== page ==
The baile funk artist known as MC Bin Laden is becoming a real-deal pop star in his native Brazil. His first U.S. release collects his biggest hits from the last three years, and shows why.
Jefferson Cristian Dos Santos De Lima, the 23-year old baile funk artist known as MC Bin Laden, has over 3.5 million likes on Facebook. For perspective, that’s a larger following on the site than Chance the Rapper or Diplo. Dos Santos De Lima is likely one of the most popular funkeiros in Brazil (one of his videos have over 90 million views on YouTube). In his native São Paulo, Dos Santos De Lima is a real-deal pop star, who bears a striking look of two-toned dyed hair—half-black and half-blonde—and endearing braces.
Though his songs have percolated in North American clubs in the past few years, and he had enough crossover fame to perform with Skrillex and Diplo at last year’s Lollapalooza Brasil, he is only now becoming more known stateside. Unfortunately, the narrative that has surrounded Dos Santos De Lima has become one of controversy—in the last year he has been denied entry visas into the U.S. twice—which some of have pinned to his choice of name. But Dos Santos De Lima’s difficulties have more likely been due to the Brazilian government’s known distaste for the kind of baile funk that he is associated with, the sub genre funk proibido (“prohibited funk”). In reality, Dos Santos De Lima’s music is no more provocative than most of what’s on the radio nowadays. (His lyrics talk about sex, motorcycles, and partying—not all that controversial.) The É Grau EP is his first for a U.S. label, collecting his biggest hits from the last four years. It’s a wonderful sampler and glimpse into why Dos Santos De Lima’s music is so popular.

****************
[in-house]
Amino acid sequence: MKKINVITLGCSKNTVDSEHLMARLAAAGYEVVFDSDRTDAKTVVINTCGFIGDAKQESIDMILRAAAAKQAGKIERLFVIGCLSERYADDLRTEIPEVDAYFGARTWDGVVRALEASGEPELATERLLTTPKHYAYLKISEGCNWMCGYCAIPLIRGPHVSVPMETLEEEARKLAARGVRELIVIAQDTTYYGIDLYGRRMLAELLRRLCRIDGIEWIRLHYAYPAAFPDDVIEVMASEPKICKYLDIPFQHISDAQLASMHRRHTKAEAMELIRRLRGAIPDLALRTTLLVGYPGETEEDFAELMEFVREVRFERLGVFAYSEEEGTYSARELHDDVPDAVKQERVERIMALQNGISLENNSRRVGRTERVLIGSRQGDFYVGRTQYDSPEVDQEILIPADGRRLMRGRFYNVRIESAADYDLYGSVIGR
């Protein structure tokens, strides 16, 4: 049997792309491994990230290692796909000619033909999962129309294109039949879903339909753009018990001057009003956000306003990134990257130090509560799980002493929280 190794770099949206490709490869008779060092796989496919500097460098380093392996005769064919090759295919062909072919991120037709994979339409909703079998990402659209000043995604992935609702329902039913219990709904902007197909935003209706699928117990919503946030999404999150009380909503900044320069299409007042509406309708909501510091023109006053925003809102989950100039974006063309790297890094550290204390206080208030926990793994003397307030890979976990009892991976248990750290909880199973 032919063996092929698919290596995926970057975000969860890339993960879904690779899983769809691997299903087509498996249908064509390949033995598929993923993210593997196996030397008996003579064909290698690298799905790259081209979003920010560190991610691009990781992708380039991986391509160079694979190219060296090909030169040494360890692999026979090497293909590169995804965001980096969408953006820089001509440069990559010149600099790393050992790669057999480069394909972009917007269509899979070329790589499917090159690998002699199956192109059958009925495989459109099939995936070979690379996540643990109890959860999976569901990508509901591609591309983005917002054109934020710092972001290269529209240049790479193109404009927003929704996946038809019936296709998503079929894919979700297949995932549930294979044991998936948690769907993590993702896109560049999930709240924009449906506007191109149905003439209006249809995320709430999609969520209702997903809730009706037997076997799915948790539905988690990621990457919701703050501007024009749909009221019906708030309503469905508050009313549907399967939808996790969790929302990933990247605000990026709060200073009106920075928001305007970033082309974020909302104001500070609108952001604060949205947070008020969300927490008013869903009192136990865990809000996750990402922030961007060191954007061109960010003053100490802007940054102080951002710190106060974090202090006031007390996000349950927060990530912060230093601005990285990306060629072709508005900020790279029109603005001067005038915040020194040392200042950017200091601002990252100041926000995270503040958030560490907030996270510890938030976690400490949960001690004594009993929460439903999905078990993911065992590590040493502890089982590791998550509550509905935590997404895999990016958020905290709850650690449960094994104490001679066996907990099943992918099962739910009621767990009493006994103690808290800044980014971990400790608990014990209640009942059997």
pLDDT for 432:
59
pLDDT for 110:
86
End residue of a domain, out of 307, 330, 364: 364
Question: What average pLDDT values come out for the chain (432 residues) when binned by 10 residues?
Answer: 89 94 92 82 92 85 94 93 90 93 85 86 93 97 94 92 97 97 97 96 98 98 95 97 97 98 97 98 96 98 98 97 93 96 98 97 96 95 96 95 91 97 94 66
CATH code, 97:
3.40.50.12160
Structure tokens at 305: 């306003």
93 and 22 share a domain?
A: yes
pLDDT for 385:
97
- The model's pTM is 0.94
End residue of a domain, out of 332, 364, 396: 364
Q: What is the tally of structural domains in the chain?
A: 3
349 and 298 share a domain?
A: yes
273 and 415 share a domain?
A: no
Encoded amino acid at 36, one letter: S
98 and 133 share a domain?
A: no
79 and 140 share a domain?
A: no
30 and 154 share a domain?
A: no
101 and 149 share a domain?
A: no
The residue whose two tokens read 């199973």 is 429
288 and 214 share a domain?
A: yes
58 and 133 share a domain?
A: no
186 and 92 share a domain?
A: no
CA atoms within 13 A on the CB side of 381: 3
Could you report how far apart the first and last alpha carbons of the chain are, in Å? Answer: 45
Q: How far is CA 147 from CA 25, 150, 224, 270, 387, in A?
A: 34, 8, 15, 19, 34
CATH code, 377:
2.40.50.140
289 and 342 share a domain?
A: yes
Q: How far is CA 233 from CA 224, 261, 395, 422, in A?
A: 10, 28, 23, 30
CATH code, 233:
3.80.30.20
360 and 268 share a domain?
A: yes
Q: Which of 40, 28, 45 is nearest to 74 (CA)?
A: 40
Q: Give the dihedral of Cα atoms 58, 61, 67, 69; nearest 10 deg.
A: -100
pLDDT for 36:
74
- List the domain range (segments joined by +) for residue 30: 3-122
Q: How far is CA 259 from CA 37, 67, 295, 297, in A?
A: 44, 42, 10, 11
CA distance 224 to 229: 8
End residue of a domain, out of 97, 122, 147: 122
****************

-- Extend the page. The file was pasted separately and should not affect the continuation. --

É Grau contains just six songs, and except the closer “Ombrinho com Romano,” the rest were released from a period of 2014-2016. The earliest, “BOLOLO HAHA,” was one of Dos Santos De Lima’s breakout hits, introducing his signature ad-lib (“bololo haha,” which has no translation in English) and his arresting sound. Even for a three-year-old song, the production Dos Santos De Lima chooses here is aggressively new—it’s a stripped down version of baile funk, with its touches of Miami bass and cumbia influences—injected with extreme industrial horsepower. Motorcycles revving, clanking machinery, and dissonant sirens are the leitmotifs in Dos Santos De Lima’s songs. His delivery, too, is both speedy and measured: his singing pushes the pace of these songs to the brink, but he delivers each syllable and phoneme carefully, making sure each vowel has the right amount of energy behind it.
There are also touches of lightheartedness, though. What sounds like a pan-flute comes midway through to add a dash of levity, and as in-your-face as the song is, there is a silly catchiness you can’t deny. “BOLOLO HAHA” is the archetype for the songs on the EP: hyperkinetic and propulsive, but fun and unserious. His songs make you feel like you’re riding in the sidecar of a motorcycle and going past the speed limit.
The EP also contains his most popular song to date, “Ta Tranquilo Ta Favorável” (“It’s calm, it’s favorable”). In the song’s music video, watched over 90 million times, Bin Laden, a goofy guy, is cavorting around a beach shirtless as he sings smoothly about being calm and enjoying life. It's a carefree message that reverberates throughout his music, and explains in part why he’s the fastest growing pop star in Brazil. In 2016, he was even able to perform this song on daytime television with the global soccer star Ronaldinho, showing just how far this guy has come since he emerged three years ago.
When I first heard Dos Santos De Lima’s songs last year in the middle of a DJ set in Ridgewood, Queens, I reached for my phone immediately, stuck my arm into the air, and hit the Shazam button to find out what it was. His songs were still unknown to me, and I couldn’t help but feel flabbergasted by how joyous they were. That feeling comes through again on É Grau.